Butterfly Effect of Logistics Snafus
My niece is getting married this August. As keeper of the family heirlooms, I asked her if she would like to wear her grandmother’s wedding gown (a magnificent satin and lace confection bespoke in the late 1940s). She declined saying she has ordered her dress “from overseas and it will be here in a couple of months.” My heart sank. Not because she declined to wear my mother’s dress, but because she is blissfully unaware of the current delays in shipments from overseas. Delays that may affect delivery of her dress.
In 1961 mathematician and meteorologist Edward Lorenz posed a question: “Does the flap of a butterfly’s wings in Brazil set off a tornado in Texas?” The concept became known as the butterfly effect. The purpose of Lorenz’s question was to illustrate the idea that some complex dynamical systems exhibit unpredictable behaviors such that small variances in the initial conditions could have profound and widely divergent effects on the system’s outcomes. Because of the sensitivity of these systems, outcomes are unpredictable. This idea became the basis for a branch of mathematics known as chaos theory, which has been applied in countless scenarios since its introduction.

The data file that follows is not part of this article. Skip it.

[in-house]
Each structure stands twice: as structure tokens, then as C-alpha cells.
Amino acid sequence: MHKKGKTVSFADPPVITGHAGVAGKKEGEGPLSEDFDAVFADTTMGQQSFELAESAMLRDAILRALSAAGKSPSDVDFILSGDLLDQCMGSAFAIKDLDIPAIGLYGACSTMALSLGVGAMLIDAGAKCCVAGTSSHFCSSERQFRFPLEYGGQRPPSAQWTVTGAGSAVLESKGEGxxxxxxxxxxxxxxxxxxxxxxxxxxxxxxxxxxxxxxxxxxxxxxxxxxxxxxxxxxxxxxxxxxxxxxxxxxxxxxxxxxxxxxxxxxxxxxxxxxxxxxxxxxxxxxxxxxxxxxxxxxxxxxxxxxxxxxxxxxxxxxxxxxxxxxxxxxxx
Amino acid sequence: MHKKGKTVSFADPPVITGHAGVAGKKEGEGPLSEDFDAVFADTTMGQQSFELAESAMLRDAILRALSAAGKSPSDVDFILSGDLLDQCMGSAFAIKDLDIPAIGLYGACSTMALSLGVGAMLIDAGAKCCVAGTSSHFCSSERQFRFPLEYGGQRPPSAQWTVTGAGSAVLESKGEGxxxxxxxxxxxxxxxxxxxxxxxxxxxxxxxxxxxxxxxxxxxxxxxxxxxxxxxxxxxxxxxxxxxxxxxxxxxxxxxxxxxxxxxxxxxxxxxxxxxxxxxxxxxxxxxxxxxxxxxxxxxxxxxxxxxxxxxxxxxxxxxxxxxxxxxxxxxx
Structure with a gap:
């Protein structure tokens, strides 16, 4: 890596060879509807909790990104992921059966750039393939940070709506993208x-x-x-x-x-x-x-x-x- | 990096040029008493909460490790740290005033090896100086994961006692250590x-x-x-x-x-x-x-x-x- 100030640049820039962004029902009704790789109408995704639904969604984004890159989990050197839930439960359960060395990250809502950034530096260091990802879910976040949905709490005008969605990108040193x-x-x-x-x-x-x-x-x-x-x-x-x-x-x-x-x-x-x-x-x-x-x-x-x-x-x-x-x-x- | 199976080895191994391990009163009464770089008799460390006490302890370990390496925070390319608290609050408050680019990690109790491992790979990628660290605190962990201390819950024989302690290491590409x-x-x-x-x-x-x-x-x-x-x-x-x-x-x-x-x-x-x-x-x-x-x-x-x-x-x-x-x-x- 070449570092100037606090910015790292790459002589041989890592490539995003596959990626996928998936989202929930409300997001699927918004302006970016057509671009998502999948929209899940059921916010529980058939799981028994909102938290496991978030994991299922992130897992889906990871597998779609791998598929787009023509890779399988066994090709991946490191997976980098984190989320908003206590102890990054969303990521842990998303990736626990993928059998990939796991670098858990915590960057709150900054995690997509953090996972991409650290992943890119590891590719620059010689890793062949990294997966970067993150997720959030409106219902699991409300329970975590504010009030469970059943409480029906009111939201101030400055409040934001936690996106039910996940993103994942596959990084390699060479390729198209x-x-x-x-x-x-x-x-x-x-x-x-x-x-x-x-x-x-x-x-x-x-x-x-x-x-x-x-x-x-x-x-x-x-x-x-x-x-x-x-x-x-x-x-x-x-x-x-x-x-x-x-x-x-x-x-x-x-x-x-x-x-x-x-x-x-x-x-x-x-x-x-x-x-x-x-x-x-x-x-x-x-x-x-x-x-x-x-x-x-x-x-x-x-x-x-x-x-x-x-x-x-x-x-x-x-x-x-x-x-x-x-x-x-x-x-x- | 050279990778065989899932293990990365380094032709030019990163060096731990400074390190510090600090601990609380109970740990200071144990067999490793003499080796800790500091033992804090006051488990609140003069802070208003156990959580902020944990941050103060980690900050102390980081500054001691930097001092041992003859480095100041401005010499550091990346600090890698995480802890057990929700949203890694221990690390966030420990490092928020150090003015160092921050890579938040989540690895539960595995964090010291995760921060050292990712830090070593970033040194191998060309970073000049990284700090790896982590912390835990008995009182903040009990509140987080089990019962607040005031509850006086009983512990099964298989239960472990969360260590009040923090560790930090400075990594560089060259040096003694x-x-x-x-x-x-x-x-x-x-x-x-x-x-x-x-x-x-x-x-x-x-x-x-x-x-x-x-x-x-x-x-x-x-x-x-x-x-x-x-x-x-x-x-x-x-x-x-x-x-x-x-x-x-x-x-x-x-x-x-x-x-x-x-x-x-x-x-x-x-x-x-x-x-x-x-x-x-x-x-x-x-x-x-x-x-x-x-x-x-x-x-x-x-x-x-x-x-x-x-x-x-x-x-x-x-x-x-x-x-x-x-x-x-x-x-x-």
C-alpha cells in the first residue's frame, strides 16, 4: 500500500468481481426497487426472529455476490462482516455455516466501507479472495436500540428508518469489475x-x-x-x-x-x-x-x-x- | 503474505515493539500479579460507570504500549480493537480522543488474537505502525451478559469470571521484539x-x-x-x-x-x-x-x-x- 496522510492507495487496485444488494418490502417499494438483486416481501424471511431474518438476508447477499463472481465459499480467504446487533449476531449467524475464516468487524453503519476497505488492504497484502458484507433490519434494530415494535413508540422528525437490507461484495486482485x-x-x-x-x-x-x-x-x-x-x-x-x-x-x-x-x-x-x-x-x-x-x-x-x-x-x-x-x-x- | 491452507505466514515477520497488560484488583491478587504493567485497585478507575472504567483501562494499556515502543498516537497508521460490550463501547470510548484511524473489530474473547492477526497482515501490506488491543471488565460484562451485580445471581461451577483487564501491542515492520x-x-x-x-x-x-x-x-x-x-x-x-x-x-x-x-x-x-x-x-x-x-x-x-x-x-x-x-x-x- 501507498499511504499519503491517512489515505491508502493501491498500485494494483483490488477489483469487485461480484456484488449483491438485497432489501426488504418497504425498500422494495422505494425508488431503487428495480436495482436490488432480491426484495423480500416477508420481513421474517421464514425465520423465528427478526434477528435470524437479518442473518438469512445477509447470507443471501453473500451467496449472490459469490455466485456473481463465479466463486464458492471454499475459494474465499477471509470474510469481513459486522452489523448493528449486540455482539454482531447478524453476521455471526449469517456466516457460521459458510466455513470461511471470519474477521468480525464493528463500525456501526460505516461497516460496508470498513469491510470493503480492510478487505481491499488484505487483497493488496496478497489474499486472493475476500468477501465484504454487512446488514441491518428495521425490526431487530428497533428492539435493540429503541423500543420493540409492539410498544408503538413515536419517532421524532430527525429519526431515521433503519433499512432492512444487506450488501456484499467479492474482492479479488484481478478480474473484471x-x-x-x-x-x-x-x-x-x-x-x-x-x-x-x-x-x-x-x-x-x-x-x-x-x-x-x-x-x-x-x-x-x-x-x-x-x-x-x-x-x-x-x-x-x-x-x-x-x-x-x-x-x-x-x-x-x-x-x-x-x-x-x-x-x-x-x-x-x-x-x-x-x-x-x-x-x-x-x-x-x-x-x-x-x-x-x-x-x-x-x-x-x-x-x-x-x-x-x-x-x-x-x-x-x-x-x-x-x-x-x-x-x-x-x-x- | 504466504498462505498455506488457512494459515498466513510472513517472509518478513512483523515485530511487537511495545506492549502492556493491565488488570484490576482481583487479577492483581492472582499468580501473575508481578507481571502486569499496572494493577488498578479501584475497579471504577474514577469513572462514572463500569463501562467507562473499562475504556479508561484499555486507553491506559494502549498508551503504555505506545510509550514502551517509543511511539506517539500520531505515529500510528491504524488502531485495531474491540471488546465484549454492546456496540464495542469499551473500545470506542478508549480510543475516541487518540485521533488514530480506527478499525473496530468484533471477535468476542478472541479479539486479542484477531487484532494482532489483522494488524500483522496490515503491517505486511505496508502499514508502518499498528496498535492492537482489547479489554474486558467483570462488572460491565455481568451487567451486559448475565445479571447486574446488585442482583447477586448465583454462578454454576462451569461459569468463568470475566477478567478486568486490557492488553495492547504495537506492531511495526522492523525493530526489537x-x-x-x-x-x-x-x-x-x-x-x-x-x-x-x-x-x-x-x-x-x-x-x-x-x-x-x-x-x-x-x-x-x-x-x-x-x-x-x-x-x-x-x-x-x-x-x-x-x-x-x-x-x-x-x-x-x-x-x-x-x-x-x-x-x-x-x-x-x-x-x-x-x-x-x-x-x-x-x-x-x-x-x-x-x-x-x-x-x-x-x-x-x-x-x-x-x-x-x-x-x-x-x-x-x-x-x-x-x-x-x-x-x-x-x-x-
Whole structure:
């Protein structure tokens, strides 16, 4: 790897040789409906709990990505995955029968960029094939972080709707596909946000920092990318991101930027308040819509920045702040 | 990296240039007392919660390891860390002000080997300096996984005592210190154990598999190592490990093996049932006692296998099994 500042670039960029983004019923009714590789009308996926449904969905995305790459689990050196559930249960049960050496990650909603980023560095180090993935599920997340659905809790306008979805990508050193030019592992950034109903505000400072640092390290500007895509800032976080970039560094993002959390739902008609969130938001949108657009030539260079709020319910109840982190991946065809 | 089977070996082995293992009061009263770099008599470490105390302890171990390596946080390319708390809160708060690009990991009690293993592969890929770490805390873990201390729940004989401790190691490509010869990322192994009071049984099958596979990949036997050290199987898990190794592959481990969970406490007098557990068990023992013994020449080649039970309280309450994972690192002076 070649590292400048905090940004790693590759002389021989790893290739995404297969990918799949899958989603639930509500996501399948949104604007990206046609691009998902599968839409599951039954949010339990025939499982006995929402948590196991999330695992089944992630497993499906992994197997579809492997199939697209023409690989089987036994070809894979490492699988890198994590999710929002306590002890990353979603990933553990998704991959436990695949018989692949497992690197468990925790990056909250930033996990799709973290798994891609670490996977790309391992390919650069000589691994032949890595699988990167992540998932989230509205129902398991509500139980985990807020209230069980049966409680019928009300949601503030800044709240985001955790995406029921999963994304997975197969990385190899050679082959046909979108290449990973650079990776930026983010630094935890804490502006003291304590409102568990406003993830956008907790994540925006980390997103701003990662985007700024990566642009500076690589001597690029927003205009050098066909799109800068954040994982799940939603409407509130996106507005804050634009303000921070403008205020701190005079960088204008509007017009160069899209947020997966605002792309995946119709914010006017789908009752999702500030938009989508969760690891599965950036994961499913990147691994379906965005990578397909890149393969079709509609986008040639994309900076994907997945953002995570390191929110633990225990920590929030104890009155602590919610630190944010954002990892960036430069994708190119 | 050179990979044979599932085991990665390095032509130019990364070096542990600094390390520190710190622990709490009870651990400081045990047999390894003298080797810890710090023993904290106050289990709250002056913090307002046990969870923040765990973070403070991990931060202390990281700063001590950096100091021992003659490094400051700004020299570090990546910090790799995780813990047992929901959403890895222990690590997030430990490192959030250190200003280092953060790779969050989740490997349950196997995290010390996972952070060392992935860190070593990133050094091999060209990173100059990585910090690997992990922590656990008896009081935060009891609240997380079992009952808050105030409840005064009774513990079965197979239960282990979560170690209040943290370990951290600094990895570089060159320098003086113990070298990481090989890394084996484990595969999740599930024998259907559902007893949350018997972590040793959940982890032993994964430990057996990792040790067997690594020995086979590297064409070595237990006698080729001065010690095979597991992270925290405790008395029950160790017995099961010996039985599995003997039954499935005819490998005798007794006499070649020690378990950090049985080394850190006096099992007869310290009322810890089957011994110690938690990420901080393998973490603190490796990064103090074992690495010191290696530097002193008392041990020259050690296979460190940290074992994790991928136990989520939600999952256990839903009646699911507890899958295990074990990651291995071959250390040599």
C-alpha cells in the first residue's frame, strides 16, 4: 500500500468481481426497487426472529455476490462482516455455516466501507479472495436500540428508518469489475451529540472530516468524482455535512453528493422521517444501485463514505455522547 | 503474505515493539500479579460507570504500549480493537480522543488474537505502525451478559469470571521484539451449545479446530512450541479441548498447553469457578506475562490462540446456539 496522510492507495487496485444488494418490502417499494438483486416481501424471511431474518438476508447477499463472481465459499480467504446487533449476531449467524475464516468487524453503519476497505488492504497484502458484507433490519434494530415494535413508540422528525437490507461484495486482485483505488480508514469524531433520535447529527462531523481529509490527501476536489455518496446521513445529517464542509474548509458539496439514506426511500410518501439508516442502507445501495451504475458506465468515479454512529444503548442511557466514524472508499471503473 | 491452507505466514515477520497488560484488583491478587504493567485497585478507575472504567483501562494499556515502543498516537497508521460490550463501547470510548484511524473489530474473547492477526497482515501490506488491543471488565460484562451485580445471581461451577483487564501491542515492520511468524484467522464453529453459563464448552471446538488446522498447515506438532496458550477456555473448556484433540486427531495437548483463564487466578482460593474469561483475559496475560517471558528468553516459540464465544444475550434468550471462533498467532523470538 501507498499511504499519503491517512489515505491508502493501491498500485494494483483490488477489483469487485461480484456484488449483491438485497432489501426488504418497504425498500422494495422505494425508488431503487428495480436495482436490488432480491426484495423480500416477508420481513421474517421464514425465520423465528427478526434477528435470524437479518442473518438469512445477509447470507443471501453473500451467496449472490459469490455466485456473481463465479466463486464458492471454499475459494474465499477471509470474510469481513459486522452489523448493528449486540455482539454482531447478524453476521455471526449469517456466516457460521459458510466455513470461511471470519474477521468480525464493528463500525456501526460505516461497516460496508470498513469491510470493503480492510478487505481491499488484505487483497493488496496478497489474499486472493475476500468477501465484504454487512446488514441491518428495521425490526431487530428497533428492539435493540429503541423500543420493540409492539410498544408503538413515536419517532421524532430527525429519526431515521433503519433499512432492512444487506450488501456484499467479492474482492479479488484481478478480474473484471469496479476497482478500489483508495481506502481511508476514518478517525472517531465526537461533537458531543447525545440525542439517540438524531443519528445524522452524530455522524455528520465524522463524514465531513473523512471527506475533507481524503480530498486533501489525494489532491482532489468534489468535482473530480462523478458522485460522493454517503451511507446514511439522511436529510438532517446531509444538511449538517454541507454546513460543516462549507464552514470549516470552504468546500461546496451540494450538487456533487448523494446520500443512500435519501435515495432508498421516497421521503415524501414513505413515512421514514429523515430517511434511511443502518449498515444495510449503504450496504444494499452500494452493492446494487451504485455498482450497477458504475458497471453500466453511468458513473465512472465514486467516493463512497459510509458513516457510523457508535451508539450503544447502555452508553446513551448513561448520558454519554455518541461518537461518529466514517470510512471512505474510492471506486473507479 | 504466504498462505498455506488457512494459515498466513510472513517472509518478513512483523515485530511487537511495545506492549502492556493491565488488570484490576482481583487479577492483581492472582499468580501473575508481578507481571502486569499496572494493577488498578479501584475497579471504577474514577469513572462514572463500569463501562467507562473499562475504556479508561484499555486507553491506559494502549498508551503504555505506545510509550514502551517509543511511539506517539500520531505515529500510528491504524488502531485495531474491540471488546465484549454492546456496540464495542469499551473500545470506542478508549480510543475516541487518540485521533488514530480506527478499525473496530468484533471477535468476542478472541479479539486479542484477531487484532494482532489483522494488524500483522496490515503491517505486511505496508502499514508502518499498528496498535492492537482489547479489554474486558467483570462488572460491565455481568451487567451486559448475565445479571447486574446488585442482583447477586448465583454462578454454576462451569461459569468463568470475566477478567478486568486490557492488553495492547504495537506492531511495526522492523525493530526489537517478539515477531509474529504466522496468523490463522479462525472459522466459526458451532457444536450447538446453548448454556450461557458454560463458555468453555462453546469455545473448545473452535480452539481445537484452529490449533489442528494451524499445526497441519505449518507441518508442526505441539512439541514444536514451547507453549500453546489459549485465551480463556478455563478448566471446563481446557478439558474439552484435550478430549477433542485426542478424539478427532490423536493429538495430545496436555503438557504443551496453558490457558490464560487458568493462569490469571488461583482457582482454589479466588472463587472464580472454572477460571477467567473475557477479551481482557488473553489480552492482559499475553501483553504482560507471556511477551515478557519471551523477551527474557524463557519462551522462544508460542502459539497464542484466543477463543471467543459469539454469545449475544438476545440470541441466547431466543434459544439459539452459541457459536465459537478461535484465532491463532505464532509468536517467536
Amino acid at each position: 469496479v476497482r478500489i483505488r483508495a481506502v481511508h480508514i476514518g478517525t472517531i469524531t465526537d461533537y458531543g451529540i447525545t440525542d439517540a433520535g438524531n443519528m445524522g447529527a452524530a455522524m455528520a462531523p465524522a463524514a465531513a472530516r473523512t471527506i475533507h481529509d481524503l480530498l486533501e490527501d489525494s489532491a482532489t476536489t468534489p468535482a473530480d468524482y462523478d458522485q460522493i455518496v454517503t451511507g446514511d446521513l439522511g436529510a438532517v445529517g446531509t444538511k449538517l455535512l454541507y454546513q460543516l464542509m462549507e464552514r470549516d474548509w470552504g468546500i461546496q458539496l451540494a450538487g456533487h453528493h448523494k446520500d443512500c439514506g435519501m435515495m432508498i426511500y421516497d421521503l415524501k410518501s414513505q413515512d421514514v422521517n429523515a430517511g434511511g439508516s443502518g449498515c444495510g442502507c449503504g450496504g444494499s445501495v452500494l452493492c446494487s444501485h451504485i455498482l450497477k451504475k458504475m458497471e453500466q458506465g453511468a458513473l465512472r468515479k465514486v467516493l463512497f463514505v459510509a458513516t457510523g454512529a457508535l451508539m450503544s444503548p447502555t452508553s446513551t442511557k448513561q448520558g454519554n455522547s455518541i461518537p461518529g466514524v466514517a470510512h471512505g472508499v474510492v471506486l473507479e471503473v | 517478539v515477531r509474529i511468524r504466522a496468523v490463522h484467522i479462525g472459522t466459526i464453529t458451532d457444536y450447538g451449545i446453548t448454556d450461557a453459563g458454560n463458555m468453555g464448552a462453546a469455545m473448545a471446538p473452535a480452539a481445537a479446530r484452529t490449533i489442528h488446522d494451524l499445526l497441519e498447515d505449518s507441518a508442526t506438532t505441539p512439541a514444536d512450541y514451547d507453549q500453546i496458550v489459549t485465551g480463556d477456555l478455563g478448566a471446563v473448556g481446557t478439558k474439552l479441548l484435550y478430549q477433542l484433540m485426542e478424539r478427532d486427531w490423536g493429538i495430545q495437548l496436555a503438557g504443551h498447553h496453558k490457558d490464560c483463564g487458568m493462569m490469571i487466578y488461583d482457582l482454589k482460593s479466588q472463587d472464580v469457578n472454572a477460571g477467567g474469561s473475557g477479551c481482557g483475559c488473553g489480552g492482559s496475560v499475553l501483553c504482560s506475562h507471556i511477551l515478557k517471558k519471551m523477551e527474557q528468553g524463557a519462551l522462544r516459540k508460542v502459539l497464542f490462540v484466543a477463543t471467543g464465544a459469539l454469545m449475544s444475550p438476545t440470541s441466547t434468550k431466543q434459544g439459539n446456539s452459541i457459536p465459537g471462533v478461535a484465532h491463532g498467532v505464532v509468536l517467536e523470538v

We live in a world with an extremely complex and integrated global supply chain. Anyone who has been involved with just-in-time procurement understands all too well the adverse impact that even the tiniest delay can have on the completion of a project.
The emergence of the Covid-19 virus and its subsequent impact on global trade could be considered an example of the butterfly effect. A pathogen believed to be from a breed of horseshoe bat in China crossed the species barrier infecting humans with a hitherto unknown but extremely virulent and deadly virus. The world economy was suddenly severely hampered by the ensuing pandemic, which forced quarantining of people and the shutdown of factories and transportation worldwide. At ports, vessel dockings were curtailed, vessels that were docked sat unloaded for lack of personnel and transport out of the ports, and store shelves sat empty for lack of supply.
But people stuck at home needed something to do, so they discovered the joys of shopping online. As demand for goods increased, so did factory openings, in China at least. But the delays of unloading and transport from the ports remained, causing huge bottlenecks of vessels. A container shortage further impacted exports of U.S. goods as containers arriving at U.S. West Coast ports are being unloaded and shipped back to Asia empty to save time. This container deadheading has increased the cost of container shipments as ship owners seek to recoup monies lost on shipping the empty containers. Booking times have also increased.
We are witnessing the butterfly effect of chaos theory in action. And my niece may need to wear my mother’s wedding gown after all – which would have pleased my mother very much.
Margaret J. Vaughan has more than 30 years’ experience in all facets of supply chain management.
Image credit: Shutterstock
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